When the Government pushed the door wide open for those aged 55 and over to draw their retirement savings with impunity there was no corresponding initiative to promote affordable independent financial advice.
With literally million of savers now considering options other than annuities, access to alternative retirement income products is widely seen as a positive development. But speaking at a recent Money Marketing roundtable on next generation at-retirement solutions, delegrates warned there is a danger some retirees may make the wrong financial decisions.
The guidance service Pension Wise offers some support for savers considering their retirement options, but it is unregulated and therefore unable to offer anything even close to professional advice.
At the same time, said delegates, the current regulatory environment places such significant cost pressures on advisers that they are often forced to focus on more profitable clients rather than targeting the mass market.
For Personal Finance Society chief executive Keith Richards, this cocktail of factors, coupled with the surge in the number of non-advised entrants to the at-retirement market means the next big financial scandal may be just around the corner.
Richards said: “A misbuying scandal is brewing because people aren’t getting that advice. The Government is wising up to the fact that Pension Wise is just part of the solution. In itself it’s not a great experience if you need help because it just signposts you elsewhere.”
The Financial Advice Market Review which aims to identify and break down barriers to the wider market receiving advice may attempt to bridge the advice gap exacerbated by the Chancellor’s pension freedoms revolution. But industry professionals are unconvinced it can answer all the questions.
Partnership chief executive Steve Groves said: “What worries me is non-advised clients. Two thirds of [at-retirement] products are not advised and all the money going out is at the small pot end. Unless the FAMR delivers, then wealthy clients will be fine and everybody else will be making a right mess of it.”
Of key concern to panel members was the additional financial risks investors take on when they opt for drawdown rather than buying a traditional annuity. Advisers pointed out that in the absence of proper advice there was a chance many individuals would be left with nothing, which would be financially devastating for those involved and create more negativity around the broader retail financial services sector.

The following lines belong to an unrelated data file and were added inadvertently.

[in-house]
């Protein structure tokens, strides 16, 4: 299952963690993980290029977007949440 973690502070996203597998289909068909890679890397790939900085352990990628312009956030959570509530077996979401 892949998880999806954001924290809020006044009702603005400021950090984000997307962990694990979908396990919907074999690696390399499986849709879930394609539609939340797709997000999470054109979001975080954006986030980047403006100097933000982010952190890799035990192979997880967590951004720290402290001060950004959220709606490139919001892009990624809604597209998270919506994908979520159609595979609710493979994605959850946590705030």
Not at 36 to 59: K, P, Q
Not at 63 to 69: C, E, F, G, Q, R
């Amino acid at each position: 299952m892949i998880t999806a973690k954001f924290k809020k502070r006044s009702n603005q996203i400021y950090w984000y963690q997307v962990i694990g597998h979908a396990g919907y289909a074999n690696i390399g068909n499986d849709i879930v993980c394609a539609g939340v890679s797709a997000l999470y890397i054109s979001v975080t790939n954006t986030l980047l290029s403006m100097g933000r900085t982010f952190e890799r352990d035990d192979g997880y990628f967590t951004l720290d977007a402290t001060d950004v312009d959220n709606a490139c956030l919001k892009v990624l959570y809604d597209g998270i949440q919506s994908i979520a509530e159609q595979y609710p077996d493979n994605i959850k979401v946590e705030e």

Towry head of retirement Andrew James said: “There is so much going on without advice, and because of the lack of understanding many savers will be making huge mistakes. We can talk about sequencing risk but if you mentioned that to someone in non-advised drawdown would they know what you are talking about?”
The inconsistencies in the Government’s application of freedom and choice have clearly created challenges for the advisory community.
Defined benefit schemes cannot give access to cash as of right now and if savers wish to participate they are forced to seek adviser sign-off before they can leave their occupational plan.
Groves described this Government policy as “schizophrenic”, adding: “On the one hand we are saying there is freedom and choice but people are not allowed to leave a DB scheme without regulated advice. We have to decide if we are giving freedom or not.”
While the panel acknowledged advisers were put in a difficult situation when asked to sign off on DB to defined contribution transfers, Eversheds Consulting managing director of regulatory Simon
Collins argued it created an opportunity for advisers to demonstrate their integrity.
Collins said: “The high quality adviser will do the right thing. But we have got to be sure the
entire advice industry behaves in the right way because we only need a small number to do this wrong and the whole industry will be tarnished.”
Avoiding the “wrong types of client” is critical for advisers post freedom and choice, but firms also need to attract the right kinds.
The panel discussed the potential of FAMR developing a “regulation-lite” solution, offering a sliding scale of service that could incur different charges and with different levels of regulatory protection dependent on the saver’s need and the type of advice scenario.